A significant reward is being offered for information that would solve who fatally shot 3-year-old Terrell Mayes Jr. in his north Minneapolis home on the day after Christmas in 2011.
Someone knows who shot 3-year-old Terrell Mayes on the day after Christmas of 2011.
That’s the explanation authorities gave Tuesday morning for why they are increasing the reward from $10,000 to $60,000 for information about who fired the stray bullet that pierced his home in the 2600 block of Colfax Av. N. on Dec. 26, 2011, and struck the boy in the head as he ran for the safety of an upstairs closet with his brothers.
“If you’ve got God in your soul, you’ve got to turn yourself in,” pleaded Marsha Mayes, the toddler’s mother, this morning in front of the house that the family left behind for a home in a Minneapolis suburb. “You’ve got to stop running.”
Spotlight on Crime, a collaboration among members of the Minnesota Business Partnership and public safety officials, is offering a reward of up to $50,000, and Crime Stoppers is offering another $10,000 in hope that someone will finally come forward with information to help solve the case.
Fifteen billboards will go up at major intersections over the next few weeks seeking tips.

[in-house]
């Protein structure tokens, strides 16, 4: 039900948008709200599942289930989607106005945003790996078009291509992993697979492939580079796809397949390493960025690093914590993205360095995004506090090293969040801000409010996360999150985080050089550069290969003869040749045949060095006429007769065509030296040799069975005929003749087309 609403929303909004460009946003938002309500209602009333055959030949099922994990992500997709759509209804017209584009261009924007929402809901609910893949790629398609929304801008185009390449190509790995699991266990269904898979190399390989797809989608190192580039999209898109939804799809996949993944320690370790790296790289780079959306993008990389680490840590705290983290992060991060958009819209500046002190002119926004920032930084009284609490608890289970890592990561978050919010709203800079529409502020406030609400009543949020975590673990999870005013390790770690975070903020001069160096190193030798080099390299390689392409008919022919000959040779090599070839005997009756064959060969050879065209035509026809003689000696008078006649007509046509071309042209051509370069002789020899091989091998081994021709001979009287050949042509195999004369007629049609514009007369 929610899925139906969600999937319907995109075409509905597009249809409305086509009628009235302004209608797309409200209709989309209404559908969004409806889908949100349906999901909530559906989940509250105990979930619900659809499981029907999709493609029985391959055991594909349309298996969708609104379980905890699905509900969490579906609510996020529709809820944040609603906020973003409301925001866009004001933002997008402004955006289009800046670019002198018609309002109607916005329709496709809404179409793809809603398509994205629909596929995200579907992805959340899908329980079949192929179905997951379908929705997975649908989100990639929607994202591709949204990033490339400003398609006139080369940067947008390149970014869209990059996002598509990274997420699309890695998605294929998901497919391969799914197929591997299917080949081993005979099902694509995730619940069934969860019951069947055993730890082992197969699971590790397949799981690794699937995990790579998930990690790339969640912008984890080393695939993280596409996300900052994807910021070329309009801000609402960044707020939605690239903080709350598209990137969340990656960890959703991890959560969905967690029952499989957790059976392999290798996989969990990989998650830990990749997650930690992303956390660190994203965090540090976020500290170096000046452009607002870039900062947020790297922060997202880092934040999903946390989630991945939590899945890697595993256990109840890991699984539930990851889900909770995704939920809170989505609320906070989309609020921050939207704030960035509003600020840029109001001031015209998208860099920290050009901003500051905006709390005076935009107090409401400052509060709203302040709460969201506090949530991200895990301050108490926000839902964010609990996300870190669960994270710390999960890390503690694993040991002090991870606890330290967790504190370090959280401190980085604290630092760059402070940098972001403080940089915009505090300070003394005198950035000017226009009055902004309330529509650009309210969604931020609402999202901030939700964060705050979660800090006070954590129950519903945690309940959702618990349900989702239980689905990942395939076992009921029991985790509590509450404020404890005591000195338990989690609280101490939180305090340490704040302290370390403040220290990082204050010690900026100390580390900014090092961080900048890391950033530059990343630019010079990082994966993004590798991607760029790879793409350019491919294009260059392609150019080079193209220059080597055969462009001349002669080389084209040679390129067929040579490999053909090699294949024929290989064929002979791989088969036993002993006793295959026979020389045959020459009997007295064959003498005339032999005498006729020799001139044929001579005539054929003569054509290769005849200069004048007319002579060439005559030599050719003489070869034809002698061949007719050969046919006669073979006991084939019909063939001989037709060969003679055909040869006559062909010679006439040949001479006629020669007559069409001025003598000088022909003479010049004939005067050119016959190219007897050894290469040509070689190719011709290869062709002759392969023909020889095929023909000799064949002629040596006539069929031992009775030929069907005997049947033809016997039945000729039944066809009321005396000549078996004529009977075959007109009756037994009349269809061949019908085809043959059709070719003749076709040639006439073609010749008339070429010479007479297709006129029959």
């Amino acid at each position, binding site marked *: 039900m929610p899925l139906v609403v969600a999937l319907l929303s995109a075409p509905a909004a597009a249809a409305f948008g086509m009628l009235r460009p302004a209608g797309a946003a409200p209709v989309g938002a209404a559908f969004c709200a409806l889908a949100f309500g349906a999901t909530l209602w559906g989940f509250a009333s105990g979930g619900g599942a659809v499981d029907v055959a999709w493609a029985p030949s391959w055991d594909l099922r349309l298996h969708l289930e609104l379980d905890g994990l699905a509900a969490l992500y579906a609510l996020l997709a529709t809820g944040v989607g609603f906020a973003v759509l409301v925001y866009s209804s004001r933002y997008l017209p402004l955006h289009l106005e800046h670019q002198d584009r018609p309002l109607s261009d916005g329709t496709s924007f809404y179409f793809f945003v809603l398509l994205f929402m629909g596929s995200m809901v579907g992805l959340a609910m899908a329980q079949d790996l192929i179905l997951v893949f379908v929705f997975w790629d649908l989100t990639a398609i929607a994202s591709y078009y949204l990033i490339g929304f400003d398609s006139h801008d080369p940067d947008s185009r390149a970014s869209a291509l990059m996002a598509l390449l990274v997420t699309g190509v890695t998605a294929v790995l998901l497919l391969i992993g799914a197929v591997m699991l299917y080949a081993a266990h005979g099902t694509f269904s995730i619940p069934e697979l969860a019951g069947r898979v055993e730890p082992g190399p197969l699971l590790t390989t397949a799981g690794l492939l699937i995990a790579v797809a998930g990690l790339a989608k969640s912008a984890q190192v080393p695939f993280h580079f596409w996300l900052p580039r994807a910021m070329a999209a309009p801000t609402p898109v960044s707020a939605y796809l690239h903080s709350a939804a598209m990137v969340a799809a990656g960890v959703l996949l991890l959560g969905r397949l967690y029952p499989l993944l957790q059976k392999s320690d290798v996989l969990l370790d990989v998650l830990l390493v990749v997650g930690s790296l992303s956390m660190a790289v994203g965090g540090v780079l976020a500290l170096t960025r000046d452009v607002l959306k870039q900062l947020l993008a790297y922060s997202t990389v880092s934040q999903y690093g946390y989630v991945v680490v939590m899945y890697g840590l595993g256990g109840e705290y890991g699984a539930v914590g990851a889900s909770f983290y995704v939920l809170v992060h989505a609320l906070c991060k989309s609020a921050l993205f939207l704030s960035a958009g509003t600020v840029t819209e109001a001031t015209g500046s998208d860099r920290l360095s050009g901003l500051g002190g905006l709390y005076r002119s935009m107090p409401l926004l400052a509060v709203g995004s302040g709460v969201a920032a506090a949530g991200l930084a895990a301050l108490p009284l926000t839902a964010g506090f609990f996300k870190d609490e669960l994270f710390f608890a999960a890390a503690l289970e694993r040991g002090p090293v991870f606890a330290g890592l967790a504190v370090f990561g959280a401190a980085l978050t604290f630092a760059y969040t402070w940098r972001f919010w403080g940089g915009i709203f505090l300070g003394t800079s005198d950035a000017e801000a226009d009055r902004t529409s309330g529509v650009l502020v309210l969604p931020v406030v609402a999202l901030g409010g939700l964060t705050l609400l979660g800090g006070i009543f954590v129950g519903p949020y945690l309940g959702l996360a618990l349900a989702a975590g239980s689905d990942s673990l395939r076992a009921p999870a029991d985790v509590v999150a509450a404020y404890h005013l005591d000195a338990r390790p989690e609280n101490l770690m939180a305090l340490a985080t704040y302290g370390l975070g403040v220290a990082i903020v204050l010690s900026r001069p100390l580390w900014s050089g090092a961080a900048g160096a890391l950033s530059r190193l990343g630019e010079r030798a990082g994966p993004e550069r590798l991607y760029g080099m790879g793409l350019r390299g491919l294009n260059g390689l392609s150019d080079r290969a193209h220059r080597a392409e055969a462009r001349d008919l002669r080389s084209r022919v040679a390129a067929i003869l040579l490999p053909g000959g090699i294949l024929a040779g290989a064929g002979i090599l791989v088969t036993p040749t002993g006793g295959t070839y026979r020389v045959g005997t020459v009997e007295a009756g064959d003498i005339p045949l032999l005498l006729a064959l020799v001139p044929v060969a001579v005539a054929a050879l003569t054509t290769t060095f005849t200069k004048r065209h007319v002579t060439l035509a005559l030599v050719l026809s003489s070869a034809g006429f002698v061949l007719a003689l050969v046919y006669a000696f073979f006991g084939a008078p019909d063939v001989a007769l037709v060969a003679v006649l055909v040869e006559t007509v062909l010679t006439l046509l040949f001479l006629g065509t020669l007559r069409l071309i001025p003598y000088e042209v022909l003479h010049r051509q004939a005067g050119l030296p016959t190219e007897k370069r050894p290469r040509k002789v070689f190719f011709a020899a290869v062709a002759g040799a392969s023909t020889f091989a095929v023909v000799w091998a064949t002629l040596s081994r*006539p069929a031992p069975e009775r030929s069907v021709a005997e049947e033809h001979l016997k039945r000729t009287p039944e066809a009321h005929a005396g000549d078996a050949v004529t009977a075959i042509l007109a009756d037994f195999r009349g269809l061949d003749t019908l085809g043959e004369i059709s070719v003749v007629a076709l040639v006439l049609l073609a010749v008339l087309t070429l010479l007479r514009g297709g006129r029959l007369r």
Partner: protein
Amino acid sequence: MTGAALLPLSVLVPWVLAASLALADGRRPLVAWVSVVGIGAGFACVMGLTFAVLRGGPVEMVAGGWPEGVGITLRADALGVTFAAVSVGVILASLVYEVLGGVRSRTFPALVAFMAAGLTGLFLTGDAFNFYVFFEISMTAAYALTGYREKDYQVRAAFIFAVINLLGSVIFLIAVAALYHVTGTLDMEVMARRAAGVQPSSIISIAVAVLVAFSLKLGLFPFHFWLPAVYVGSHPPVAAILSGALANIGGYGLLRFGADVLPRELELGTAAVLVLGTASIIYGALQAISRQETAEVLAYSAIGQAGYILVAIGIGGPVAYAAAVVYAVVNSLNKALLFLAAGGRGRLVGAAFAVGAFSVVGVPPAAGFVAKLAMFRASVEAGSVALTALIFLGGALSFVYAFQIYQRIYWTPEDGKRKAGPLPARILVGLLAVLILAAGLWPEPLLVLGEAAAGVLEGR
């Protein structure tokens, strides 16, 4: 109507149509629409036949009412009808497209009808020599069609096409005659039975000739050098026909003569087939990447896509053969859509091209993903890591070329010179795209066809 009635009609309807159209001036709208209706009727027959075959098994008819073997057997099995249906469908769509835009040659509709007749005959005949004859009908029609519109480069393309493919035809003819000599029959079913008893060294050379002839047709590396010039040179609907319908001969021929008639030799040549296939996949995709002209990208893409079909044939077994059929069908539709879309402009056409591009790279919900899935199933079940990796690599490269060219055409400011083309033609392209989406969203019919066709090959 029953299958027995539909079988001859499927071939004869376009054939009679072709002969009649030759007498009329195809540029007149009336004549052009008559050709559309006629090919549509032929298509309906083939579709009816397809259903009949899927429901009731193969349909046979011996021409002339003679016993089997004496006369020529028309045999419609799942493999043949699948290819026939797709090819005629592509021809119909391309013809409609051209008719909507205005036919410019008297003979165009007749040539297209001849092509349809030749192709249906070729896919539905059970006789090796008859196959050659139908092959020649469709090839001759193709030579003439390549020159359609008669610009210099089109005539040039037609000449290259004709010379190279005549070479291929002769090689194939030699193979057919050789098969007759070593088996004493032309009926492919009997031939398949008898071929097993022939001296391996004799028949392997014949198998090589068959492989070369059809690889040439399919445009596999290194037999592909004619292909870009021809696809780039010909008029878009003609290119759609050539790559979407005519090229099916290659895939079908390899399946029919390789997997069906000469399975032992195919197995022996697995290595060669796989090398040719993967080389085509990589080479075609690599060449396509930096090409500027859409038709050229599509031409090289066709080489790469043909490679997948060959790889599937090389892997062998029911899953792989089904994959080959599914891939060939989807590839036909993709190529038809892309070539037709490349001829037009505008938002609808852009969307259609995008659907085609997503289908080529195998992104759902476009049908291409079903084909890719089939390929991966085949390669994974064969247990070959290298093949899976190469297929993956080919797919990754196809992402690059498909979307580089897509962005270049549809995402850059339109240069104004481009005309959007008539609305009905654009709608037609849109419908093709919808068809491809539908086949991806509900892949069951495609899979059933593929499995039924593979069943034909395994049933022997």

“Hopefully the tip line will jump off. ... If this [doesn’t] make them talk something’s wrong,” Mayes said.
Police Chief Janeé Harteau, Bureau of Criminal Apprehension Superintendent Wade Setter and other officials joined Mayes to announce the increased reward.
Police Lt. Richard Zimmerman said they have fielded tips, but nothing solid.
“This person did not mean to kill Terrell; they were shooting someone else,” he said. “We need those folks who were being shot at, or person, to come forward ... We need a solid witness that really knows something about this case.”
Harteau said this isn’t a Minneapolis problem, it’s a societal problem.
“It should never be acceptable for a 3-year-old to be struck and killed by a bullet in his own home,” she said. “So because you live in a different city or different part of town doesn’t mean you shouldn’t have to think about this and it shouldn’t bother you and you shouldn’t come to the table and help us solve this crime.”